You don’t climb mountains without a team

“You don’t climb mountains without a team, you don’t climb mountains without being fit, you don’t climb mountains without being prepared and you don’t climb mountains without balancing the risk and rewards. And you never climb a mountain by accident; it has to be intentional.”

— Mark Udall, retired Outward Bound instructor and executive director and former U.S. Senator

In early March, when COVID-19 still seemed distant and containable, a team of Mastercard employees traveled halfway across the world to Mount Kilimanjaro in Tanzania, setting off on a six-day fundraising mission to climb the tallest peak in Africa -- one of the fabled Seven Summits. They embarked on the journey expecting a grueling physical challenge. They didn’t anticipate the other ways the mountain would leave its mark. Here are their stories.

We came from six continents, spoke 24 languages and spanned all stages in our careers. Over the course of six days in March, the 37 of us walked 62 km and climbed 19,341 feet to summit Mount Kilimanjaro in Tanzania to raise more than $140,000 (and counting) for Youth Challenge International.

This organization empowers youth to thrive, creating positive social and economic impacts in their communities, including the launch of YCI’s HerStart: Innovate the Future, in which 10,000 young people — mostly women — in Ghana, Tanzania and Uganda will receive social enterprise and entrepreneurship training as well as access to seed funding to launch or scale their businesses.

Our purpose for climbing Kilimanjaro? To support youth globablly and to ensure a better tomorrow for all. 


“It was the hardest physical challenge I’ve ever undertaken. Altitude created a cascade of challenges, and the struggle of the group was empowering. We reached out to each other and we lifted each other up at every opportunity. One thing became indisputable: The things we shared — hope, determination, kindness, compassion, fear — were the only things that mattered. The things we normally see first — age, race, gender, ethnicity, size — did not matter at all. In that isolation, with that challenge, with everything else removed from the equation, we needed each other and nothing else mattered.”

- BOB REANY, head of NuData and executive vice president, Digital Devices & IoT at Mastercard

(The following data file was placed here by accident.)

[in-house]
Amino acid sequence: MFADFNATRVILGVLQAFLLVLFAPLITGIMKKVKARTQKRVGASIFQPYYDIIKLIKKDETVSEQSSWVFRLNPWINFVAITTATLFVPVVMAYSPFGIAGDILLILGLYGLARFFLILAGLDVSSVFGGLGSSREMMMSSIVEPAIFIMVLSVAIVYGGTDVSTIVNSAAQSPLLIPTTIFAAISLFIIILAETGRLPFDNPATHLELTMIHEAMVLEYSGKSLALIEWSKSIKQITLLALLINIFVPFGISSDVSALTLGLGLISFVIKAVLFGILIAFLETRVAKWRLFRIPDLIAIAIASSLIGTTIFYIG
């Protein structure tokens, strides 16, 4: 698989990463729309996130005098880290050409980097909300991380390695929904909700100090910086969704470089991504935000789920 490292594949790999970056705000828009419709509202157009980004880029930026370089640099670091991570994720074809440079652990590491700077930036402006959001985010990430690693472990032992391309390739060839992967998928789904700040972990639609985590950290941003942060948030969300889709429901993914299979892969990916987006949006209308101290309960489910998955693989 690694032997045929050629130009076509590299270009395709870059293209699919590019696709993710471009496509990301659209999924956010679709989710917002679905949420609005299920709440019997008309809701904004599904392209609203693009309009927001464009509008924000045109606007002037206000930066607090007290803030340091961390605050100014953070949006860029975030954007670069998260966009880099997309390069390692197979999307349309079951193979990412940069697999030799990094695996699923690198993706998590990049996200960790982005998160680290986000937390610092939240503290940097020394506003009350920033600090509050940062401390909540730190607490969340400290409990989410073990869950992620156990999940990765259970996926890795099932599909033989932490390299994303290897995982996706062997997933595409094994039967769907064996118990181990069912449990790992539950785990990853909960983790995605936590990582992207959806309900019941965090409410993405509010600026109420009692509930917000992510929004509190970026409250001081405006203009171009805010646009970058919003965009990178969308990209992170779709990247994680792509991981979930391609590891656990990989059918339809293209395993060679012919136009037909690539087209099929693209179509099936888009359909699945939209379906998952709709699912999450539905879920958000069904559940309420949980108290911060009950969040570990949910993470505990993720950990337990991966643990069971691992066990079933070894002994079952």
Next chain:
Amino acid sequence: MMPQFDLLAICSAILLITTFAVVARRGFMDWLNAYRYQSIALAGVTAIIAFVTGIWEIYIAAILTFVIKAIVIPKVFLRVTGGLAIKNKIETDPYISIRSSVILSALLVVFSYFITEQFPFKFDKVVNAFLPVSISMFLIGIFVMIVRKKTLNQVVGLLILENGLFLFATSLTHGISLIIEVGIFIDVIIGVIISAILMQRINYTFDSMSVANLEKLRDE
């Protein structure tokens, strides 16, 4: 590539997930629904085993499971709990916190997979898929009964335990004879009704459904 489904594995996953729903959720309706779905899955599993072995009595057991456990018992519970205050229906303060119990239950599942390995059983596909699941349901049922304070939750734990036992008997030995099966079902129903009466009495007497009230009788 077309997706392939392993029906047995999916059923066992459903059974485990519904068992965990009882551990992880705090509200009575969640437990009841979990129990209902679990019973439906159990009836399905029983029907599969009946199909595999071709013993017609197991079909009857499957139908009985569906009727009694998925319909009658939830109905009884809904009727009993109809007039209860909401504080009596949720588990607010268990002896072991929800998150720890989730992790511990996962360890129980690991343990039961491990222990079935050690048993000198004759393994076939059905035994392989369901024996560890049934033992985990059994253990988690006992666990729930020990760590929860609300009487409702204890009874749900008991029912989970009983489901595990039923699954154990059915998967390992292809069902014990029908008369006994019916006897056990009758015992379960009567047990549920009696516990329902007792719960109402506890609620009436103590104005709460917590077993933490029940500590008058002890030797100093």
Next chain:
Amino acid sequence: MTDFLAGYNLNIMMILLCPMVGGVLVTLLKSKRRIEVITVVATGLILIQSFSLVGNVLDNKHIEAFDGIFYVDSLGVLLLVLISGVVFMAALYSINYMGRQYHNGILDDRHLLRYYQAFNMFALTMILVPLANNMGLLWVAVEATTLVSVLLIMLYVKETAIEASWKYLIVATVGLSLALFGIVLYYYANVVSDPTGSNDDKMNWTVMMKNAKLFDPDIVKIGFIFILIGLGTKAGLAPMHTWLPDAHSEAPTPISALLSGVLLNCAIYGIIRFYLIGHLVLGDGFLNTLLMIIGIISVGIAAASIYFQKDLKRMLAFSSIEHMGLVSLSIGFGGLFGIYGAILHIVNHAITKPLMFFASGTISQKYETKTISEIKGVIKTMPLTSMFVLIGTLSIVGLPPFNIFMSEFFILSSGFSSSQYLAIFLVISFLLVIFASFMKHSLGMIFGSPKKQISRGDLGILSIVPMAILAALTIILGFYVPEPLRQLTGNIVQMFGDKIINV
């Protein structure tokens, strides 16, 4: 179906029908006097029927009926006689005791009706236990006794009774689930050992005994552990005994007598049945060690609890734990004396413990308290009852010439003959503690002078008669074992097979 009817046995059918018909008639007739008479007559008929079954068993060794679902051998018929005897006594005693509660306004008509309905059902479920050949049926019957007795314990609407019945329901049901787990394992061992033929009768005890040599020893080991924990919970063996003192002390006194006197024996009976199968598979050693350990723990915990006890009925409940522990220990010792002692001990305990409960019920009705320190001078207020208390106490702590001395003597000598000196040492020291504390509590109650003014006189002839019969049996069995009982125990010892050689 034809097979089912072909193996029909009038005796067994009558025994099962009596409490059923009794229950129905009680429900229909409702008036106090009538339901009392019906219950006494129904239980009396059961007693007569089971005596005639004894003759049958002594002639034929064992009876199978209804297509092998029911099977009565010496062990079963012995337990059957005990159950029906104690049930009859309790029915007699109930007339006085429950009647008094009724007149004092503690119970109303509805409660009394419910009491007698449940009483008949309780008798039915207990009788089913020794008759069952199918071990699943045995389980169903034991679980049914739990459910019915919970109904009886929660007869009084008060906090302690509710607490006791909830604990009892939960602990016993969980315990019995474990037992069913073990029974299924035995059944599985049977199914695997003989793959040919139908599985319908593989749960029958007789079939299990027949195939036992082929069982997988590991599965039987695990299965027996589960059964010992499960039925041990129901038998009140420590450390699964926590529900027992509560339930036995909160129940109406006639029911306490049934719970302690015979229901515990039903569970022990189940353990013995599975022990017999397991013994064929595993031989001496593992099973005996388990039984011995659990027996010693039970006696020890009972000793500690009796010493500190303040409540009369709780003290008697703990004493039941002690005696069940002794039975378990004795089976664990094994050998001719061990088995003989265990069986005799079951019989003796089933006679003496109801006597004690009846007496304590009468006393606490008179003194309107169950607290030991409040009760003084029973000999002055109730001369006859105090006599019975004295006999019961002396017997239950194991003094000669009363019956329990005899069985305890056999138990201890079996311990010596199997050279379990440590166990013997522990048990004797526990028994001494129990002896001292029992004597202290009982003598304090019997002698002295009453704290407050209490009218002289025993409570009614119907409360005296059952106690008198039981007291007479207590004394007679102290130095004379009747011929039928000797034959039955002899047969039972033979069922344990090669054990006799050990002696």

We needed each other and nothing else mattered.

“As you ascend Kilimanjaro from the sea level to the summit, you pass through five distinct climate zones — from rainforest to Arctic, from air full of oxygen to less than 50% — and you begin to realize how thin this envelope of atmosphere is around our planet, and how even small changes affect its delicate balance. It definitely made me more aware of how precious air is — and that we take it for granted.”

- Rahul Deshpande, senior vice president and chief technology officer, Ethoca

“I spent four years as a grunt in the U.S. Marines, yet this was the most physically and mentally challenging thing I have ever done. I have been to some remote and exotic places, but seeing how the biodiversity changes at every level, catching a glimpse of the sunrise on the summit day, or walking on the glacial terrain near Uhuru Peak cannot be replicated. And in order to get the fabric of the country, you need to spend time with locals — and our guides, cooks and porters gave us an amazing taste of how truly tough yet humble the Tanzanian people are.”


“Along the route we journeyed through the rainforest, desert tundra, Arctic snow, and also through moments of laughter, tears, altitude sickness, dancing, incredible sunburns and sheer joy. My biggest takeaway from the mountain was the optimism, heartfelt passion to do well by doing good, mental fortitude and #oneteam #onedream mentality that exists within the halls of Mastercard (on the mountain, in the office and via Skype). While most of us started the journey as work colleagues, we left the mountain as a family that I couldn’t be more proud to be a part of.”


We left the mountain as a family that I couldn’t be more proud to be a part of.

“Our Mount Kilimanjaro climb was one of the most beautiful experiences of my entire life, and I am not just referring to the scenery! Altitude sickness really impacted me, and while the thoughts of how terrible I felt will fade, the extreme kindness shown to me by my fellow climbers and the guides will stay with me forever. We were all suffering, but their encouraging outreach, offers of snacks/water (all in limited supply) and willingness to wait with me when I needed a moment so I wouldn't be alone helped me to find the strength to keep going. I would not have made it to the top without them and I am eternally grateful for that.”

- Emily Rabbitt, director, Product Management, Cyber & Intelligence Solutions

“All of us knew that summiting Kili was bucket-list worthy. Personally, I found that the group experience and the timing of our trip ended up having an even more profound meaning. Trekking up the mountain as COVID was starting to close in was an unreal experience about contrasts. Pristine mountain air and isolation versus the stress around the world. Time to think about what matters in life. Climbing in a low-oxygen environment is a humbling experience. Your body talks to you, telling you that you are not as strong as you think. The solidarity among us and the fact that the mountain takes care to show each of us in full light to others was beautiful.”


The solidarity among us and the fact that the mountain takes care to show each of us in full light to others was beautiful.

Video & Photo Credits: 

Carlos Fonseca, Senior Vice President, Sales Strategy and Solutioning, Financial Institutions, Insurance
Johan Gerber, Executive Vice President, Cyber & Security Products
Naresh Ponnana, Manager, Product Development, Product & Innovation
Rahul Deshpande, Senior Vice President, Chief Technology Officer, Ethoca 

Stacey Jewer, Youth Challenge International